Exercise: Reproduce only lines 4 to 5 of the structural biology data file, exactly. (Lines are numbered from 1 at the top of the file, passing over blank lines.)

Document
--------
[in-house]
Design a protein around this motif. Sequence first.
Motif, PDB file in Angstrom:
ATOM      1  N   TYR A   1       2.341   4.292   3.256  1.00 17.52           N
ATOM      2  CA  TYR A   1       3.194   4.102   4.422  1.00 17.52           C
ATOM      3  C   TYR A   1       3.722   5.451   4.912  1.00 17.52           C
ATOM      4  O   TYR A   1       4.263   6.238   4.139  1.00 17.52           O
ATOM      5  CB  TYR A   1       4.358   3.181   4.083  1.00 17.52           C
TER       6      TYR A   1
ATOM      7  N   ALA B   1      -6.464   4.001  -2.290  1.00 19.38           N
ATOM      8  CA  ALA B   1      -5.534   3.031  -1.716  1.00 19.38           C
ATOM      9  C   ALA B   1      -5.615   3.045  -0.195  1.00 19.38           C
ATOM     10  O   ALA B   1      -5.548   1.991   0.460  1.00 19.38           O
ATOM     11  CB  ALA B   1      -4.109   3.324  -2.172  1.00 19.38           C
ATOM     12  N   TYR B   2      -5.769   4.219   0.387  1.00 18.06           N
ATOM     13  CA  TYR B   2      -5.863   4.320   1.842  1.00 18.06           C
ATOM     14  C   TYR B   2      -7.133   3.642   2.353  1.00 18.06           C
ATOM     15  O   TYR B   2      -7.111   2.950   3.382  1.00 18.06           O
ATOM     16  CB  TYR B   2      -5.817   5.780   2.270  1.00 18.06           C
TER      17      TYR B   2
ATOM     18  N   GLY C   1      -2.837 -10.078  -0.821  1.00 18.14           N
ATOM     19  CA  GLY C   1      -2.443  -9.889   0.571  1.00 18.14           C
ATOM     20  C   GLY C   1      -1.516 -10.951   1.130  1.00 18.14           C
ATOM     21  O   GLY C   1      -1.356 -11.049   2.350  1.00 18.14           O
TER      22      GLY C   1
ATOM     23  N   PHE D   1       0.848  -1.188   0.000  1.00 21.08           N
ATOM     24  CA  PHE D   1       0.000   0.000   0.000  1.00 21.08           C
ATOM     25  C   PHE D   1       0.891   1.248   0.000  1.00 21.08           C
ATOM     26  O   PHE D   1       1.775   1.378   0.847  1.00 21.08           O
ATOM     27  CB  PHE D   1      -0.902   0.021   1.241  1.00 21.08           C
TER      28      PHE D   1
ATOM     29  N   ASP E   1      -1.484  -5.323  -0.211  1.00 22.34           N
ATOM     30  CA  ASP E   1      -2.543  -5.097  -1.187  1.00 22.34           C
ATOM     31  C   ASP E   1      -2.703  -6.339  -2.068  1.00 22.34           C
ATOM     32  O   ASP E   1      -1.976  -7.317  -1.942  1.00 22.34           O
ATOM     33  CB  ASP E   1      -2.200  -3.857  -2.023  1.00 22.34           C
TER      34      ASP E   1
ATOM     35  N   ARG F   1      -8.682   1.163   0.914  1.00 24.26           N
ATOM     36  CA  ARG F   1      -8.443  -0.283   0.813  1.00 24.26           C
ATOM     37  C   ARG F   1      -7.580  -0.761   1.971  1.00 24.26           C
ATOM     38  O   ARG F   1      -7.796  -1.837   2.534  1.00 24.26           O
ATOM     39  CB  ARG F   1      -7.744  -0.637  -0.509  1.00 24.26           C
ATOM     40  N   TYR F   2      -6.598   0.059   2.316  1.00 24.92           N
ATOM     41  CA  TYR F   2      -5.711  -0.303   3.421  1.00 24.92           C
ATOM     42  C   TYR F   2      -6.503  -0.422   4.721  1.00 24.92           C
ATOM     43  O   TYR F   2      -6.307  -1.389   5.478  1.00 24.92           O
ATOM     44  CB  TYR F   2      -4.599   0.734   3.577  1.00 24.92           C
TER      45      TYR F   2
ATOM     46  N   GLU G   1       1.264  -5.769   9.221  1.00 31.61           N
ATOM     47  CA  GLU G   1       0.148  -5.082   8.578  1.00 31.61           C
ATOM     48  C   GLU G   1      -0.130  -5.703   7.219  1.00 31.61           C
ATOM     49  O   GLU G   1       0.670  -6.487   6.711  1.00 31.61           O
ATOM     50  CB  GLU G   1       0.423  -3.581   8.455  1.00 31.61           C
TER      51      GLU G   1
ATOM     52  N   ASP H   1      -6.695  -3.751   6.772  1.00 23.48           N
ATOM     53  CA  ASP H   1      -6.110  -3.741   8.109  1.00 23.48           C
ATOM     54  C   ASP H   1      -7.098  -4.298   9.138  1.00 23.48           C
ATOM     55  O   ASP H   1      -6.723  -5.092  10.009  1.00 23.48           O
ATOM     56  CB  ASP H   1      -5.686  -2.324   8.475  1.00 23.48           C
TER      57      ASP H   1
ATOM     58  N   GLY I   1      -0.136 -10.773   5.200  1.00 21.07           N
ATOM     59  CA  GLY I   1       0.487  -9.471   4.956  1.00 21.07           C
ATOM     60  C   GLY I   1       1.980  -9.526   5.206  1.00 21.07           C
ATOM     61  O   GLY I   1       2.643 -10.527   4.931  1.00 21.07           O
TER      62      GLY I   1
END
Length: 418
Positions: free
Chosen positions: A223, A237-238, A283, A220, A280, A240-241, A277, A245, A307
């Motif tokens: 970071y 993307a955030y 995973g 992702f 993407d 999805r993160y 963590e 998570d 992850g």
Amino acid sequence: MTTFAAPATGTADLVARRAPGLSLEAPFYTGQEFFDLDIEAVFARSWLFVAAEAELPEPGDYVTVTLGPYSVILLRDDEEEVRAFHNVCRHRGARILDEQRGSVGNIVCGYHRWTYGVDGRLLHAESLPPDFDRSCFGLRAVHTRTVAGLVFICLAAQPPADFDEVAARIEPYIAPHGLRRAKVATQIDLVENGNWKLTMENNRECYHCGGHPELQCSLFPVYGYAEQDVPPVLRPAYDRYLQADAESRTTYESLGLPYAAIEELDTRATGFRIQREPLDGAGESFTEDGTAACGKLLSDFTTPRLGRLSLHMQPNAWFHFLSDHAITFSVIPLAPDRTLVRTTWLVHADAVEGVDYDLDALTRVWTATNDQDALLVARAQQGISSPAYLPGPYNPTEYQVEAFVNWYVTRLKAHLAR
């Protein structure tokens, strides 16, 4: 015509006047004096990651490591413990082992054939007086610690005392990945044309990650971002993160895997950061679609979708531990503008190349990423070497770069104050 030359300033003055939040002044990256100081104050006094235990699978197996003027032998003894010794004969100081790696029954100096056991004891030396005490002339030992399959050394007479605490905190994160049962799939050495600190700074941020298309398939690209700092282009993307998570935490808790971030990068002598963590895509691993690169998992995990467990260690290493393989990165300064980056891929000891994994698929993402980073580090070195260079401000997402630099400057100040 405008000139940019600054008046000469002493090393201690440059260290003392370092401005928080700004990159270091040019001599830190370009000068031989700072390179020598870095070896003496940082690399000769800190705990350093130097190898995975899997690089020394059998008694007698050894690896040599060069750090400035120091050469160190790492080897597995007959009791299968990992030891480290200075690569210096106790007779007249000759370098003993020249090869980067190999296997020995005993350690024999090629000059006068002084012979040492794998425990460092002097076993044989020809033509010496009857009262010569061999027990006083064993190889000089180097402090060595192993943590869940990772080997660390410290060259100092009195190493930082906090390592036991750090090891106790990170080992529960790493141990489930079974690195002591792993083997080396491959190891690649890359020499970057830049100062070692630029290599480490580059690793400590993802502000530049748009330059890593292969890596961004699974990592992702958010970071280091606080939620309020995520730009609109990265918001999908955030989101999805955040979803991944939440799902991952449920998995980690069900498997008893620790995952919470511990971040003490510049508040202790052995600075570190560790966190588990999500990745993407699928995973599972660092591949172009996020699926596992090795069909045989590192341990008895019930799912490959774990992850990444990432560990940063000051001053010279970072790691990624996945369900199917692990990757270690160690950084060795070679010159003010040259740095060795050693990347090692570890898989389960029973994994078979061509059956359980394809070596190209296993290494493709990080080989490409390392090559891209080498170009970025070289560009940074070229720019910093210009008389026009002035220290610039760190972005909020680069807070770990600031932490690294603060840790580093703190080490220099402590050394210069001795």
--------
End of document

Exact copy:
ATOM      1  N   TYR A   1       2.341   4.292   3.256  1.00 17.52           N
ATOM      2  CA  TYR A   1       3.194   4.102   4.422  1.00 17.52           C